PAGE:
That was my plan. But when I woke as Dr. Porter, the plan changed. My wife was back in Morocco (her mother was sick). In the bathroom I examined myself in the mirror, my black hair was now blonde and missing in the middle. The body was one aspect but the feeling, that was the real difference. I was about to dress for working but I decided to cancel classes, why not? I would quickly give that student who was so keen to do her homework and ask questions an A on BlackBoard (that’s me!) then go to the gym at the Intercontinental Hotel. It was a mixed gym and I was interested to know how much I could lift. I planned to run as fast as I could too. As I was about to leave the apartment I went to reach for my ‘abayah and shayla (“cloak” and “veil” in Arabic), but smiled. No need today. As I walked to the car I noticed that some women looked to the ground as I got near them, others looked at me with a kind of lust in their eyes. I wanted to visit myself, was Dr Porter in Amna’s body? I hope he didn’t have a heart attack at the shock from waking up as me. or I’d be him for ever. Part of me wished he did have a heart attack, I’d grab his/my New Zealand passport and fly first-class to Auckland.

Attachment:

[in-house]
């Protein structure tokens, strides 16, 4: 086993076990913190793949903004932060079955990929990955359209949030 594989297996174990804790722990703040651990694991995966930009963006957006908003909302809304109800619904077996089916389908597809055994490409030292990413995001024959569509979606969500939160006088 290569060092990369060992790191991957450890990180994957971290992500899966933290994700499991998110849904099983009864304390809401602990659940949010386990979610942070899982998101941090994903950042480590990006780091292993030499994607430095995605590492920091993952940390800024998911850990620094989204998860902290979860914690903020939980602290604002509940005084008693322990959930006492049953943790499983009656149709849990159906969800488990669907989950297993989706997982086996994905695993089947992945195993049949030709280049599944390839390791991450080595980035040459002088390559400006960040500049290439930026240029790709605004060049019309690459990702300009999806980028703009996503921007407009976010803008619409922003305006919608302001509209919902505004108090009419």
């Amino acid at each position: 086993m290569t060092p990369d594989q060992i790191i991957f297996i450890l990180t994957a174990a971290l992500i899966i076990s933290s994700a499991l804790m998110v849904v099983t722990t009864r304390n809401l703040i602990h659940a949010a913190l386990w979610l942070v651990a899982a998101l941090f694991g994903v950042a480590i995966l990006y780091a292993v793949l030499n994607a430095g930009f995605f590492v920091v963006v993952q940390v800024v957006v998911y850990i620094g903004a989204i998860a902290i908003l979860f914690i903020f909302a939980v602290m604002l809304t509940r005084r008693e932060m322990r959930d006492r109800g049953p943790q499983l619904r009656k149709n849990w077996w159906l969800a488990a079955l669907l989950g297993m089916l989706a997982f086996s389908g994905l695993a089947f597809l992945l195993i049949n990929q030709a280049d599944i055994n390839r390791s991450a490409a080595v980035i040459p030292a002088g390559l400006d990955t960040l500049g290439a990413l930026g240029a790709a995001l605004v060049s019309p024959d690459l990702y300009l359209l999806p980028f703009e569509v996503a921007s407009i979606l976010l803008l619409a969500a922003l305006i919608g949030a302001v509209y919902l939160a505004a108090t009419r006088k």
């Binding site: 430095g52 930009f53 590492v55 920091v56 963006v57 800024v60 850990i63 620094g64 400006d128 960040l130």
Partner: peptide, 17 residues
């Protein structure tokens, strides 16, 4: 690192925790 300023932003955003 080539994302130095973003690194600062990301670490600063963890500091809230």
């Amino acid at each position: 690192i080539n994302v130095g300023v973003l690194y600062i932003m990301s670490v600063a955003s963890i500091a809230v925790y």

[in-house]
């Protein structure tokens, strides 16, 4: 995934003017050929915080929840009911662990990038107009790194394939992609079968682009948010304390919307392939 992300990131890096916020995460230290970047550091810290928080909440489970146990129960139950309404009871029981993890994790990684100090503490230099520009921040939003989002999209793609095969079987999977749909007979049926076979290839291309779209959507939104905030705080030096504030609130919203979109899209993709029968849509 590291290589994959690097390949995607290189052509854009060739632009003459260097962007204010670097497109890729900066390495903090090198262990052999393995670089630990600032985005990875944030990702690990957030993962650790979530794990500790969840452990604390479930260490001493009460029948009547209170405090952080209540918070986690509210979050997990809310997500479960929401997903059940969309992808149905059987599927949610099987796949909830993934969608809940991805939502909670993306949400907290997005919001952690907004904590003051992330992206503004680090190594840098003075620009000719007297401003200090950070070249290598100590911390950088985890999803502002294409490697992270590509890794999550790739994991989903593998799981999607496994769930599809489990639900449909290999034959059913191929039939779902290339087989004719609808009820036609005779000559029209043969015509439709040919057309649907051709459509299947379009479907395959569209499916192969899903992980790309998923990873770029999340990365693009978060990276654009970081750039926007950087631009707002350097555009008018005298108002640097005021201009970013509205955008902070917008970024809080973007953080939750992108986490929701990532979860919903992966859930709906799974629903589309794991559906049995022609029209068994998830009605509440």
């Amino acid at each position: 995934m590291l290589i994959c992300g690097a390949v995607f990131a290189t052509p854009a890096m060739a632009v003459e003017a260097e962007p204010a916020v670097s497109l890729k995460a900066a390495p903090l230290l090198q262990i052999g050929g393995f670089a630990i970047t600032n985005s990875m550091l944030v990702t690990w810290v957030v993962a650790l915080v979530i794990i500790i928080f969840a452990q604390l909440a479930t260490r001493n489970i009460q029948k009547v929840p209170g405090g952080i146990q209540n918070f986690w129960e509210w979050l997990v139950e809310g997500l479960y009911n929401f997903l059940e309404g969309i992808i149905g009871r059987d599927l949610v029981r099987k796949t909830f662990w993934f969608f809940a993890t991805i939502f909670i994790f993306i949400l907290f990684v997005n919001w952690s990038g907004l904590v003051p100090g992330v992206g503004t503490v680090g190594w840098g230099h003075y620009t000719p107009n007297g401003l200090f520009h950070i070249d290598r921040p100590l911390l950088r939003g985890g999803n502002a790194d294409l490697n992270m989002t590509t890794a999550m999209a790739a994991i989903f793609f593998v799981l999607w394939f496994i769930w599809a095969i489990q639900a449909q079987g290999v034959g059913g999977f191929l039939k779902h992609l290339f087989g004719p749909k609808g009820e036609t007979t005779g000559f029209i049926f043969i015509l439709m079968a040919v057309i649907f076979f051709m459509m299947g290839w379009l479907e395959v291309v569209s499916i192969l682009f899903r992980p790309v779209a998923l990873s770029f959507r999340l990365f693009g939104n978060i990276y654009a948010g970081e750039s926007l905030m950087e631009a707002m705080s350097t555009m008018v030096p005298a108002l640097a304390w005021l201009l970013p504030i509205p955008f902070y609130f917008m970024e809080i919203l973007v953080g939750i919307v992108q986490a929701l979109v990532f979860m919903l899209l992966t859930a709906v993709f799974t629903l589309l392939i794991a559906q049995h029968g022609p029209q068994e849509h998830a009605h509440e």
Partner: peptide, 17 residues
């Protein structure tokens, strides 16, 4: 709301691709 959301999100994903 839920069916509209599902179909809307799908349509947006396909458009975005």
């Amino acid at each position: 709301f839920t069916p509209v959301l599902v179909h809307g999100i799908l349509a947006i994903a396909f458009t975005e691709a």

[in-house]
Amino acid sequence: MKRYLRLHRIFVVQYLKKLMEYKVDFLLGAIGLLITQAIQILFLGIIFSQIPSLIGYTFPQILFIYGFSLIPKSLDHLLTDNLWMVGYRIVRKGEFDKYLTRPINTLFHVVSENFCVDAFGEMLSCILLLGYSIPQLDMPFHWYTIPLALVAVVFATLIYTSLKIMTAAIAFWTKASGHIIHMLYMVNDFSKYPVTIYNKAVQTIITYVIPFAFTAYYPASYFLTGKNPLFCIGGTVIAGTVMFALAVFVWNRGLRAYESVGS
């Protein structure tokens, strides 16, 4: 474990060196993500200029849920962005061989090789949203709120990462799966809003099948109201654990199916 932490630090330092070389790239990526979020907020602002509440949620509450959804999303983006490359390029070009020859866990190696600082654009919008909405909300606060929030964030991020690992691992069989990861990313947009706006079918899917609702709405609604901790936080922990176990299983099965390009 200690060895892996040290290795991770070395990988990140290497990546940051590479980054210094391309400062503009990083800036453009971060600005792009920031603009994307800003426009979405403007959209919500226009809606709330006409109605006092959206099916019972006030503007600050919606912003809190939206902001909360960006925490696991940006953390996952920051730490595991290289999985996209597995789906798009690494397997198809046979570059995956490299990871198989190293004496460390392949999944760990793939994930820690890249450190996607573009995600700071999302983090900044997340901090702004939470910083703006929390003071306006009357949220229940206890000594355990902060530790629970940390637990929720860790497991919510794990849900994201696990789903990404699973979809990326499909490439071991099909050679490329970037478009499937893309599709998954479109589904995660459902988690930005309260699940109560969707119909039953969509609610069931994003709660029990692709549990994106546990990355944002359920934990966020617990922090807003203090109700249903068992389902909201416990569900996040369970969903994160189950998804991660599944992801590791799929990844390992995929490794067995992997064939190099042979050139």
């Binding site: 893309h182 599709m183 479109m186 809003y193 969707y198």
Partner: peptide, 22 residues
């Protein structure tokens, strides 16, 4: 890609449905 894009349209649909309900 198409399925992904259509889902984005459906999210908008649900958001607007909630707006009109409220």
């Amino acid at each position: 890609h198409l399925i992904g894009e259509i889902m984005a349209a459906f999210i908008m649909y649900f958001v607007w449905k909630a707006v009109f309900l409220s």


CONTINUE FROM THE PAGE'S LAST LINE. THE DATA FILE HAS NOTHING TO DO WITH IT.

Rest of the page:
The gym was a bit of a disappointment, it was almost empty. The only people using it were Arab and Westerner housewives (or maybe they worked only in the afternoons?). They seemed a bit bored. I noticed they looked at me. I also had to say hello because, they knew me here. One even asked me about Alia. When I spoke it was hard not to laugh. My words my thoughts but said in a man’s deep voice. I loved my accent. I kept on speaking loudly when I was in the car. The freedom was amazing. The most noticeable difference is that nobody looked at me with the eyes that said: “why aren’t you at home?” “where’s your brother?” “Who’s your father to let you come to the Mall alone?” To the mall, that is what I’ll do. I knew how to drive. The family driver had let me and my older sister drive from school to home and even I would drive a bit on the desert highway after university. But only to add to my Snapchat and Instagram accounts. I was going to drive fast. Dr. Porter had a Ford Mustang. But, no, I didn’t want him to get any radar tickets.